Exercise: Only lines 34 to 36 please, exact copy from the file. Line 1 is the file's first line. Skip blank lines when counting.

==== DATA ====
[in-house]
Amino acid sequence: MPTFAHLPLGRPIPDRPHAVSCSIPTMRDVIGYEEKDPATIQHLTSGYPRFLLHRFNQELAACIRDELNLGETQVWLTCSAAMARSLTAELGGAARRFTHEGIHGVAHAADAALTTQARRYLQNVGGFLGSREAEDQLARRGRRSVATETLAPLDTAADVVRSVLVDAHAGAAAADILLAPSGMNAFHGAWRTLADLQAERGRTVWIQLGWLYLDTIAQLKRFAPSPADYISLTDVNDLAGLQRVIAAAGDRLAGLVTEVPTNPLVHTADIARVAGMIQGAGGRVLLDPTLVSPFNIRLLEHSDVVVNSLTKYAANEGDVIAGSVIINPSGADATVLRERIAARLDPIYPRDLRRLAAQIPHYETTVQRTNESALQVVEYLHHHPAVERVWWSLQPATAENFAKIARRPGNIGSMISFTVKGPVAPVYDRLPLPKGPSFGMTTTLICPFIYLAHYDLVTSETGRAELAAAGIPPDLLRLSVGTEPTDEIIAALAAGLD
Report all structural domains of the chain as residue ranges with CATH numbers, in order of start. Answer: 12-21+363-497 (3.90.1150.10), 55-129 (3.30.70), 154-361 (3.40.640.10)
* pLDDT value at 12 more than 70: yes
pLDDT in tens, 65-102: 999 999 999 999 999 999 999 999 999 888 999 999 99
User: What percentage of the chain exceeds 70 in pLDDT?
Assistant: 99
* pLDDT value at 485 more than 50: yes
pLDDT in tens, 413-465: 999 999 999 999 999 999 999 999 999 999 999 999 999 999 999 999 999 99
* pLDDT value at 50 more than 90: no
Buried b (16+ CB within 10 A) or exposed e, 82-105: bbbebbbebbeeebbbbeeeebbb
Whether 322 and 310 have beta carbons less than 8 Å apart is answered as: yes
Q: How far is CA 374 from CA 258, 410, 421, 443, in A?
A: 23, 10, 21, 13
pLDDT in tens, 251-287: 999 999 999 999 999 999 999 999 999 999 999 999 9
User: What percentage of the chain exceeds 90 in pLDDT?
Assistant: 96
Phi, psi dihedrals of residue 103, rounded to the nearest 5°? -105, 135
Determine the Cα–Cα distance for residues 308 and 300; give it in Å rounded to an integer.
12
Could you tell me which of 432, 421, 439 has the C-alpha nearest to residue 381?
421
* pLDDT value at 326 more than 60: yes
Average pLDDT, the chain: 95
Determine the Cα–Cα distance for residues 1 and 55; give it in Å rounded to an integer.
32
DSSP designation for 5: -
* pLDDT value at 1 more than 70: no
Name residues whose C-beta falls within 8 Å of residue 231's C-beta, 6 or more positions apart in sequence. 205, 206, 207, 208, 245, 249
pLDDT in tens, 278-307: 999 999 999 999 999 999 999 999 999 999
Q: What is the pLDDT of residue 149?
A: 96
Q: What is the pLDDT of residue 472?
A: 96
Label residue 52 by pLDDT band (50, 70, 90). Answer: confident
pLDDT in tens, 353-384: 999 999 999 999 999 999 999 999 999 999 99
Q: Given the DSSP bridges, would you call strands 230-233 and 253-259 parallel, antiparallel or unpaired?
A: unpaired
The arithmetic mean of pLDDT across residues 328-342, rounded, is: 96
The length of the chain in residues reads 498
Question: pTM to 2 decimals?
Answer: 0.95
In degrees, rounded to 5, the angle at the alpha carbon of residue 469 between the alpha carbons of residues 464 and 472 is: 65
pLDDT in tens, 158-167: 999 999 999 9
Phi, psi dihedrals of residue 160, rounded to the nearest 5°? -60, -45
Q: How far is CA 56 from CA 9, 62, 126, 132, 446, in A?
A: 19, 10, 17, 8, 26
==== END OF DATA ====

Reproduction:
A: 96
Label residue 52 by pLDDT band (50, 70, 90). Answer: confident
pLDDT in tens, 353-384: 999 999 999 999 999 999 999 999 999 999 99